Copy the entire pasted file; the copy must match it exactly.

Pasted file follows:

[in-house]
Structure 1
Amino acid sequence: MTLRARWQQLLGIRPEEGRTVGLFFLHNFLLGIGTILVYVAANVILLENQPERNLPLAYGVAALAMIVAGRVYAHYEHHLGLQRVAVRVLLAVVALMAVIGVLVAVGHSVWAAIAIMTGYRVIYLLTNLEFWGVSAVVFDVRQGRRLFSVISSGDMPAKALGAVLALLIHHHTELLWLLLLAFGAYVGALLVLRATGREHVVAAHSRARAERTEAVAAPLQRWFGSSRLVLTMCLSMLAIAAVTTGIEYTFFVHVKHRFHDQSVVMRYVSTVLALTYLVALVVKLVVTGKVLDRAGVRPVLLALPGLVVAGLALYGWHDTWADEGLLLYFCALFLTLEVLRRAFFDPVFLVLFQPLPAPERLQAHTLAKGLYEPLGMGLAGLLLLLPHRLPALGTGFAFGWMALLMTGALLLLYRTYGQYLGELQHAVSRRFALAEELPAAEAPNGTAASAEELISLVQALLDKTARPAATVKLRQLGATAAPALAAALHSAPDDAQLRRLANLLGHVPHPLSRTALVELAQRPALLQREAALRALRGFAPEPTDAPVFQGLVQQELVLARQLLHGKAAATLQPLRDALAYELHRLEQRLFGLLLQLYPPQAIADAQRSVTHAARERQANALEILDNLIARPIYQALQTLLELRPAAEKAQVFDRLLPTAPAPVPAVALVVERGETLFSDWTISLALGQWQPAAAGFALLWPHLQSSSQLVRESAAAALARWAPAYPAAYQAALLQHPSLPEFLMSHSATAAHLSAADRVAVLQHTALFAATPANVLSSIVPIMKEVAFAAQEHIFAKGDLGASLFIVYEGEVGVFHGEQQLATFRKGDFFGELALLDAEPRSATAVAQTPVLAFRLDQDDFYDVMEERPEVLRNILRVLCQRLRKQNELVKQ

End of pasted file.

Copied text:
[in-house]
Structure 1
Amino acid sequence: MTLRARWQQLLGIRPEEGRTVGLFFLHNFLLGIGTILVYVAANVILLENQPERNLPLAYGVAALAMIVAGRVYAHYEHHLGLQRVAVRVLLAVVALMAVIGVLVAVGHSVWAAIAIMTGYRVIYLLTNLEFWGVSAVVFDVRQGRRLFSVISSGDMPAKALGAVLALLIHHHTELLWLLLLAFGAYVGALLVLRATGREHVVAAHSRARAERTEAVAAPLQRWFGSSRLVLTMCLSMLAIAAVTTGIEYTFFVHVKHRFHDQSVVMRYVSTVLALTYLVALVVKLVVTGKVLDRAGVRPVLLALPGLVVAGLALYGWHDTWADEGLLLYFCALFLTLEVLRRAFFDPVFLVLFQPLPAPERLQAHTLAKGLYEPLGMGLAGLLLLLPHRLPALGTGFAFGWMALLMTGALLLLYRTYGQYLGELQHAVSRRFALAEELPAAEAPNGTAASAEELISLVQALLDKTARPAATVKLRQLGATAAPALAAALHSAPDDAQLRRLANLLGHVPHPLSRTALVELAQRPALLQREAALRALRGFAPEPTDAPVFQGLVQQELVLARQLLHGKAAATLQPLRDALAYELHRLEQRLFGLLLQLYPPQAIADAQRSVTHAARERQANALEILDNLIARPIYQALQTLLELRPAAEKAQVFDRLLPTAPAPVPAVALVVERGETLFSDWTISLALGQWQPAAAGFALLWPHLQSSSQLVRESAAAALARWAPAYPAAYQAALLQHPSLPEFLMSHSATAAHLSAADRVAVLQHTALFAATPANVLSSIVPIMKEVAFAAQEHIFAKGDLGASLFIVYEGEVGVFHGEQQLATFRKGDFFGELALLDAEPRSATAVAQTPVLAFRLDQDDFYDVMEERPEVLRNILRVLCQRLRKQNELVKQ